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Google: Don't Close the Book on Reader Privacy

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July 23, 2009

The ACLU of Northern California, the Electronic Frontier Foundation, and the Samuelson Law, Technology & Public Policy Clinic at Berkeley Law School sent a letter to Google CEO Eric Schmidt (PDF) today. It was about books. Why books?

Google is planning to dramatically expand its book service, Google Book Search. The good news is that millions of books will be available for browsing, reading, and purchasing online. But the bad news is that Google is leaving reader privacy behind.

What you choose to read says a lot about who you are, what you value, and what you believe. You should be able to read about politics, health, or anything else without worrying that someone is looking over your shoulder. That’s why the ACLU has fought alongside libraries and bookstores time and again to defend the privacy of readers. Now we need your help to protect reader privacy into the digital era.

Currently, Google Book Service can monitor the books you browse and search for, the pages you read, and even the notes you write in the "margins." Without strong privacy protections, all of your browsing and reading history may be collected, tracked, and turned over to the government or third parties without your knowledge or consent.

Given the long and troubling history of government efforts to compel libraries and booksellers to turn over records about readers (PDF), Google Book Service must incorporate strong privacy protections that gives us at least as much privacy in books online as we have in our neighborhood library or bookstore. Without a strong privacy policy that protects reader privacy, Google Books could become a one-stop shop for government and third party fishing expeditions into the personal details of your life.

Our letter demanded that Google, at a minimum, take the following steps to protect reader privacy. If these principles resonate with you, join us by emailing Google CEO Eric Schmidt today and demanding that Google:

  • Protect your reading records. Readers should be able to use Google books without worrying that the government or a third party is reading over their shoulder. Google needs to promise that it will respond only to properly-issued warrants from law enforcement and court orders from third parties, and then only if stronger protections do not apply. It also must promise that it will let readers know as soon as possible if anyone demands access to information about them. In addition, Google must not provide the title of any book browsed or purchased to credit card processors or any other third party.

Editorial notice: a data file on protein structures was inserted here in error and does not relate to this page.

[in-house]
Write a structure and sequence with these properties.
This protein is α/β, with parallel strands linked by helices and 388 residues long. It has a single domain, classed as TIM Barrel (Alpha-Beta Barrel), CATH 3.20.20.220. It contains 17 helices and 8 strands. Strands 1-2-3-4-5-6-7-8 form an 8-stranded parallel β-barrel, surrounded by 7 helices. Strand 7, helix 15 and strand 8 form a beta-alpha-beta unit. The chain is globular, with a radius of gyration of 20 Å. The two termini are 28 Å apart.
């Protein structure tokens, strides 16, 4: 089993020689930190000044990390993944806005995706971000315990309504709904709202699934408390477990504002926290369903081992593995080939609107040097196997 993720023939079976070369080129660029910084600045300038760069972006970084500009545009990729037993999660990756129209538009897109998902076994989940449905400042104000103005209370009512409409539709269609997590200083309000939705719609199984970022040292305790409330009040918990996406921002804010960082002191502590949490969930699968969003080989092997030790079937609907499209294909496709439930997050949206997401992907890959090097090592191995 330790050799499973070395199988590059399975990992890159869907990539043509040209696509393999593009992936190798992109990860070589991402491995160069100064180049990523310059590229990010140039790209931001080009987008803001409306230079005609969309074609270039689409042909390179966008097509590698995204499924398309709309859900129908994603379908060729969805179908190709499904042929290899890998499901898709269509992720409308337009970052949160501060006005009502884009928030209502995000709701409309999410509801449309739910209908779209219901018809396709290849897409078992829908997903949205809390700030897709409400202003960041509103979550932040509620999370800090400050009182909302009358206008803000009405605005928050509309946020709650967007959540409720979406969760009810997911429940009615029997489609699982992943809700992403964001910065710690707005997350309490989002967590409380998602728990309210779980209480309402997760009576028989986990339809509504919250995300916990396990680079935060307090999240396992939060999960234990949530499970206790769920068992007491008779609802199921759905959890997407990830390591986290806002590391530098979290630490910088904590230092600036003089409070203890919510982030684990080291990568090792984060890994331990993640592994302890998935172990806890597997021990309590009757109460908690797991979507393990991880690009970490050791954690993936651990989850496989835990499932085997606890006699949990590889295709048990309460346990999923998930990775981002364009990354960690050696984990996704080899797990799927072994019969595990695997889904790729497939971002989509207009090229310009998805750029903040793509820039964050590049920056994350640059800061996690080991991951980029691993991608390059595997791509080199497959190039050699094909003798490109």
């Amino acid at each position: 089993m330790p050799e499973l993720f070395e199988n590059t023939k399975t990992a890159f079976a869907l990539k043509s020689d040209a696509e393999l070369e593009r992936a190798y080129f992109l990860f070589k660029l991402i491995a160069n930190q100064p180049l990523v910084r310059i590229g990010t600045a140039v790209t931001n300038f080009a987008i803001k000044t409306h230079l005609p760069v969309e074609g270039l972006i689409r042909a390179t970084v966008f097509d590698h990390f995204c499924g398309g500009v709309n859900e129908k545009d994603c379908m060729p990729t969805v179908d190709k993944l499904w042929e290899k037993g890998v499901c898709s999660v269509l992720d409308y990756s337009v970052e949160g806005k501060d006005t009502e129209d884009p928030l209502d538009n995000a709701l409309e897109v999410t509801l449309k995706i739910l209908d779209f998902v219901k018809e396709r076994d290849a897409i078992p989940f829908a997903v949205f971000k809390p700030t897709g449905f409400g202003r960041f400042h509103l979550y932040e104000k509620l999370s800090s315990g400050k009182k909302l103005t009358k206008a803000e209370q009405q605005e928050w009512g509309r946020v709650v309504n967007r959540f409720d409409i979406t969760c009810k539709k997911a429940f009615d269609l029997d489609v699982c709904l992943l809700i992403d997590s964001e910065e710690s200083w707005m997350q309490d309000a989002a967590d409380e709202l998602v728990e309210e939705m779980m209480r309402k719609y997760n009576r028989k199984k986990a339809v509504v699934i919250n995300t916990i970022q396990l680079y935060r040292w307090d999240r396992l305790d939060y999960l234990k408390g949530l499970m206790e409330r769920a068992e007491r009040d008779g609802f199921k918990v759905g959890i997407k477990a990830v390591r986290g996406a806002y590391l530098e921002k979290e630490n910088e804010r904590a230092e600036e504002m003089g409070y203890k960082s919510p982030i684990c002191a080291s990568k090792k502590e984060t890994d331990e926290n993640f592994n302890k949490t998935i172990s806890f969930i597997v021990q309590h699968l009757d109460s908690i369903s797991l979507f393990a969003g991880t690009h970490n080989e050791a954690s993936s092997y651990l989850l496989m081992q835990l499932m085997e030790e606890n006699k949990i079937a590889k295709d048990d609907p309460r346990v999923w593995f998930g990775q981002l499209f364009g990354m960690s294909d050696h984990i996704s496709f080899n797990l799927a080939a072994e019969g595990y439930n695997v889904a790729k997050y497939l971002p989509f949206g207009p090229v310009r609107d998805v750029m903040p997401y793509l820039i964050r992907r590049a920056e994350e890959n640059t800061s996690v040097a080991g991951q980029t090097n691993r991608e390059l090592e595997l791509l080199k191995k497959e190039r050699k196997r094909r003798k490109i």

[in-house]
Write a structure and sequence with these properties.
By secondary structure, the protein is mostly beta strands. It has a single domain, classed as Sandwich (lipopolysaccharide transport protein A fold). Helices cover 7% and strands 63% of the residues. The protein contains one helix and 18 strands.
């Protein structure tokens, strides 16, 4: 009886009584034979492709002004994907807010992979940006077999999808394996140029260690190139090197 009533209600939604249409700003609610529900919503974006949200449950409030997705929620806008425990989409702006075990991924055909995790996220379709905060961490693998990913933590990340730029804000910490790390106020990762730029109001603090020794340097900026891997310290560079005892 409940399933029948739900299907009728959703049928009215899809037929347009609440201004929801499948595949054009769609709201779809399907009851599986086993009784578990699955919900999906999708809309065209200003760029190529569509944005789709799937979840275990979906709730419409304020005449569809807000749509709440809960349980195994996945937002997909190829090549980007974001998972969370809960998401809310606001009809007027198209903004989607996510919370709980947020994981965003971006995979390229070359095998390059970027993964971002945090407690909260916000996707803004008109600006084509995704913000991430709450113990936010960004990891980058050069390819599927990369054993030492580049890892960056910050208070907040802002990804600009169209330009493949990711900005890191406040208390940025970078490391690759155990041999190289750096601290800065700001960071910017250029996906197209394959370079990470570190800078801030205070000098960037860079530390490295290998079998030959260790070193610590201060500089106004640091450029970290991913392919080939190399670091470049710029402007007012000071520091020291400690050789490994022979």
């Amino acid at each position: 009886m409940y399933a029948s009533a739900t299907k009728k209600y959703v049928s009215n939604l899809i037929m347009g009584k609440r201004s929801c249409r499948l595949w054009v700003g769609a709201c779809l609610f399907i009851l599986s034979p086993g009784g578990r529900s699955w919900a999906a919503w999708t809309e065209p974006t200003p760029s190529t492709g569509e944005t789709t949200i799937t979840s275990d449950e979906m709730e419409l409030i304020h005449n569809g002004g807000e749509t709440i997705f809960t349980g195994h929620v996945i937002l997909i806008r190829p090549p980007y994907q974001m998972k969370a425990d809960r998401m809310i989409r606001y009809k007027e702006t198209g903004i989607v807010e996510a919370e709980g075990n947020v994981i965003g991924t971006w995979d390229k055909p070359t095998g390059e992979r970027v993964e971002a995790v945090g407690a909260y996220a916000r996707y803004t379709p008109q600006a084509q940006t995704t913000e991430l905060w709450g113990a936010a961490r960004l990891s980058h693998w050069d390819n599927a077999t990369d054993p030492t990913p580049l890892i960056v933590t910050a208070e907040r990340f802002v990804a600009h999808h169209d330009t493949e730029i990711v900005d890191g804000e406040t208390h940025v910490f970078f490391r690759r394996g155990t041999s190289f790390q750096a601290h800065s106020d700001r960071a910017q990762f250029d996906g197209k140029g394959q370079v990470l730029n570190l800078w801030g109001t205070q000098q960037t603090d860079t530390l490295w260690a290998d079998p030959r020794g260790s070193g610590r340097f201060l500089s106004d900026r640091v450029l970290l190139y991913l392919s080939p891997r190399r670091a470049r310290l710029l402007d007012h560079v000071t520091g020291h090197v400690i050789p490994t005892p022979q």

• Limit tracking. Just as readers can anonymously browse books in a library or bookstore, they should be able to anonymously browse, search, and preview books using Google Book Search. Google must allow users to browse, search, and preview books without being forced to register or provide any personal information. Google must not keep logging information for any of its Google Book Search services longer than 30 days. In addition, Google must not link any information about a reader's use of Google Book Search with any information about that reader's use of other Google services without specific, informed consent.
  • Give you control over your records. Readers should have complete control of their purchases and purchasing data. Google must enable readers to review and delete their records and have extensive permissions controls for their "bookshelves" or any other reading displays. Google must also permit readers to “give” books to anyone, including to themselves, without tracking.
  • Keep you informed. Readers should know what information is being collected and maintained about them and when and why reader information has been disclosed. Google must develop a robust and easy-to-read privacy policy and publish annually the number and type of demands for reader information that are received.

Google needs to know that you and other readers will not pay for your digital books with privacy. The ACLU of Northern California is committed to working to protect user privacy in Google Books. Please join us!

Three things you can do today to support reader privacy:

  1. Defend your reading privacy and that of others by joining us and sending a message to Google CEO Eric Schmidt in support of a robust privacy policy that satisfies the demands listed above.
  2. Spread the word by forwarding this message, sharing it on Facebook, sending a tweet, or even going old school and just telling a friend or co-worker about this effort. Explain that the Google Book Search settlement is a critical moment that will define the future of reader privacy, and that speaking out now can help architect a better future as digital book systems develop.
  3. Prepare for additional actions to defend reader privacy by checking back here for updated blog posts and signing up as an ACLU-NC e-activist.

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